amid the outbreak
On Saturday, Israel agreed to loosen some of the severe restrictions on the coronavirus, while avoiding the emergence of the announcement of the first stage out of the ban.
In a televised address, Prime Minister Benjamin Netanyahu outlined a “responsible and gradual” plan that would allow some workers to return to offices and industry, according to Agence France-Presse.
According to Netanyahu, starting on Sunday, the level of employment in the workplace may rise to 30 percent from 15 percent, and some stores will be allowed to reopen, although malls and large markets will remain closed.
He also promised to allow groups of three children to return to school for children with special educational needs.
Israel, with a population of about nine million, confirmed the first disease of the Coron virus on February 21. As of Saturday, 13,107 deaths had been reported 158.
However, according to Reuters, citing Reuters, the overall infection rate has decreased over the past two weeks.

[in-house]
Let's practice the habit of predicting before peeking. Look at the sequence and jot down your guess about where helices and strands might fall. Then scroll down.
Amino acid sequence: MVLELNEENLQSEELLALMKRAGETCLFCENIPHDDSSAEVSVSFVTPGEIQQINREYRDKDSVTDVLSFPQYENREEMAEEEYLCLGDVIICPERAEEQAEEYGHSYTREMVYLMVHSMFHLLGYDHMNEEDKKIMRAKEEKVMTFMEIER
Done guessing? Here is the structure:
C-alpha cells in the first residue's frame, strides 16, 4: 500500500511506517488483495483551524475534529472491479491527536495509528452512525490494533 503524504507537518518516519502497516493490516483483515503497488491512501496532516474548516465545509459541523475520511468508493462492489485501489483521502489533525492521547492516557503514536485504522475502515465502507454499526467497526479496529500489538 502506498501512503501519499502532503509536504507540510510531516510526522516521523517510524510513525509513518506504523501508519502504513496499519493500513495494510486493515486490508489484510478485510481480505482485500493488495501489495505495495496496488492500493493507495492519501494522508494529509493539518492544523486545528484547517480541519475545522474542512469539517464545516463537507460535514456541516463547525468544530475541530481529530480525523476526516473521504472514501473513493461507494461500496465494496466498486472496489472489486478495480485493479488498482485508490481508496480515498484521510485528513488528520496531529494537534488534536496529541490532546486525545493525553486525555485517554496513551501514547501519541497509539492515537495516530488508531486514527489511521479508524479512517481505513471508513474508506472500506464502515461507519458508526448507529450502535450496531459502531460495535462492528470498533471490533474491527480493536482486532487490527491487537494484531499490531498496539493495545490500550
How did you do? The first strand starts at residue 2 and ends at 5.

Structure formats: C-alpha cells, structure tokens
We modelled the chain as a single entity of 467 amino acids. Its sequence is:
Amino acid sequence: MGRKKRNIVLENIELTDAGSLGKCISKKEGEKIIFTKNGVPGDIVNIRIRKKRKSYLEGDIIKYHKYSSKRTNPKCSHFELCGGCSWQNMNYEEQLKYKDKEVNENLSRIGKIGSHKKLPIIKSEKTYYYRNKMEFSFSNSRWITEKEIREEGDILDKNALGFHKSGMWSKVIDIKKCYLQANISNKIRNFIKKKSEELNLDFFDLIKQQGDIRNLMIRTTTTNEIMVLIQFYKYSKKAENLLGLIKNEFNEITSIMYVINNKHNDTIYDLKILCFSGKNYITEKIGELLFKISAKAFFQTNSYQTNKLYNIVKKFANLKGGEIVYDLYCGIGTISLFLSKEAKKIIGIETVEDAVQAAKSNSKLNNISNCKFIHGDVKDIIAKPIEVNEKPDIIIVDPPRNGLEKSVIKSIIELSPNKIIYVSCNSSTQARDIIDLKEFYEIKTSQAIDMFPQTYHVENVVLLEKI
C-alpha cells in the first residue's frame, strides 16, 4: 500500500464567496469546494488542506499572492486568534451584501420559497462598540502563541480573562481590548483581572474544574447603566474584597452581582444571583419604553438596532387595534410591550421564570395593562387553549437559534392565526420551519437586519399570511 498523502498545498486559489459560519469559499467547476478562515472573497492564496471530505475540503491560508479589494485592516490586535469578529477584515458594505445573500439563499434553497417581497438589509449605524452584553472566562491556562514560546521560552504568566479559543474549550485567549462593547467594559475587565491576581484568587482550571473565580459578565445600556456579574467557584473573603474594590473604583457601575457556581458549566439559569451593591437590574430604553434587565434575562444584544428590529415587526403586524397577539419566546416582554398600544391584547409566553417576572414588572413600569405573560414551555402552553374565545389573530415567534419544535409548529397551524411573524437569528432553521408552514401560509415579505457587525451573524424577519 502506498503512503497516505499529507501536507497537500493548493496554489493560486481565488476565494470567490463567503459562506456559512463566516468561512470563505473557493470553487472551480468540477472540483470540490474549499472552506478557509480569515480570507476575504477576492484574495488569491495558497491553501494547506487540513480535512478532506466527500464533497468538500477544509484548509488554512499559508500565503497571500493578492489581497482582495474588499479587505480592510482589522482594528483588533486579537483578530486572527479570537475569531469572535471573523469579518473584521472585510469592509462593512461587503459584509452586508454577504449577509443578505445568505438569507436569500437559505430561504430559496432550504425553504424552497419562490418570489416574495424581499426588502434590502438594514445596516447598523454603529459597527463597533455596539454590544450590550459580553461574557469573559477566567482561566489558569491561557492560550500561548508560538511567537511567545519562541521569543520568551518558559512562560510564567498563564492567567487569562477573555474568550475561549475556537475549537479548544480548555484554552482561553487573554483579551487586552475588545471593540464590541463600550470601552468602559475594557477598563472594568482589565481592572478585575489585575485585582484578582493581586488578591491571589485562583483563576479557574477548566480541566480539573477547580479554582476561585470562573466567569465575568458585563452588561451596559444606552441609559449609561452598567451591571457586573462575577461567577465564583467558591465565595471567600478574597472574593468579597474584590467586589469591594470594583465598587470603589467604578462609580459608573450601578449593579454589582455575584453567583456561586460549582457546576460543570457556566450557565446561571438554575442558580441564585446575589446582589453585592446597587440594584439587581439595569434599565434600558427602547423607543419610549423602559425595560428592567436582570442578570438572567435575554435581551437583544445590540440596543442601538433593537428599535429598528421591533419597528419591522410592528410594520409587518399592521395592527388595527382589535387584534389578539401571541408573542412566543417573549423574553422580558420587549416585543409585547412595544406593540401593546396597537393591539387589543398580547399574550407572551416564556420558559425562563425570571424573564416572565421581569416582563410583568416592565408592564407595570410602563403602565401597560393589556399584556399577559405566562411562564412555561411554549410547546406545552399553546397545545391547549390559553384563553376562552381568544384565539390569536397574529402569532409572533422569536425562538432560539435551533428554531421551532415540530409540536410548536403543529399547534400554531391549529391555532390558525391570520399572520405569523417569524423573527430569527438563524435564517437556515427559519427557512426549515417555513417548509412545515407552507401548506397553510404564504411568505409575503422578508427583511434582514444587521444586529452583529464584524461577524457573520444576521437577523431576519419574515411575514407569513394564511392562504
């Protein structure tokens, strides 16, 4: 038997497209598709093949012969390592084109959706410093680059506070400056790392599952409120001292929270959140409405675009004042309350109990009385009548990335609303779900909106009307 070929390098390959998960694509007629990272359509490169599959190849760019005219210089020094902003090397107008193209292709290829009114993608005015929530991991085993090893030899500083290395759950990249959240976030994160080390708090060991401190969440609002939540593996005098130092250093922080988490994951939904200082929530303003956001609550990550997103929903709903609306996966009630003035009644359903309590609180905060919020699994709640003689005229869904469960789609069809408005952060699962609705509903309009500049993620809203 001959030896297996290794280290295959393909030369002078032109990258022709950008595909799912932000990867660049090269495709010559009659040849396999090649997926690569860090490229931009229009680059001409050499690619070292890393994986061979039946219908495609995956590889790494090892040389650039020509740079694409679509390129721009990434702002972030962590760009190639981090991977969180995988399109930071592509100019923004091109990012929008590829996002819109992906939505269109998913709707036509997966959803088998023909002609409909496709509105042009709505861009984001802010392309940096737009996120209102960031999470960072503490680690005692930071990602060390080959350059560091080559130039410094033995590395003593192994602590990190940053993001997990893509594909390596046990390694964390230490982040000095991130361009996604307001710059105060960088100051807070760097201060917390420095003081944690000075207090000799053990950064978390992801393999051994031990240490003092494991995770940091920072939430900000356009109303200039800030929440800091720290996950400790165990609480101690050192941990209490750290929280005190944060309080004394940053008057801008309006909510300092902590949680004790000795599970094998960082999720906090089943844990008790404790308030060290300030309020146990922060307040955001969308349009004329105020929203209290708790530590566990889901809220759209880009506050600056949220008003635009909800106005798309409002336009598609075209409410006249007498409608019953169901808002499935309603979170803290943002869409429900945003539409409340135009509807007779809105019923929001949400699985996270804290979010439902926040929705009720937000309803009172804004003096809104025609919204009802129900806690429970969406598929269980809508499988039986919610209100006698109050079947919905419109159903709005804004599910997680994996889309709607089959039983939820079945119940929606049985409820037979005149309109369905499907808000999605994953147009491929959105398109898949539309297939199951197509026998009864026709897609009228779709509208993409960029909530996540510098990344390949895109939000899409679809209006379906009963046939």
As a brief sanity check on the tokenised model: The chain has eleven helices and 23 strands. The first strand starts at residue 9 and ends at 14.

According to the ministry, new cases reached their climax on March 31, 741, but have since halved, with 271 new cases registered on April 17.
Netanyahu warned that if the infection rate starts to rise again, a new suppression will occur.
Chief Financial Officer Shai Papad spoke at the same time.
Israel was an early and difficult respondent to the Coved 19 crisis.
At the end of February, travelers were denied access to the virus’s hotspots, gradually widening restrictions to an almost complete ban on air travel.
Then came the rules that prevented Israelis from leaving their homes, except for visiting a supermarket, pharmacy or hospital.
Earlier this week, Israel mostly closed down hard-line Jewish areas in Jerusalem, with high rates of infection.
Entry and exit restrictions were imposed by police checkpoints on April 12, the same day the government order entered into force across the country to close places of worship for all beliefs and allow masks to be worn in public.
As part of the social distance, and from April 12, wearing masks in public places became mandatory.
These measures destroyed the Israeli economy, forced many companies to close and caused the unemployment rate to rise to more than 25 percent.
Ten is the required number of the quorum for prayer for committed Jewish men.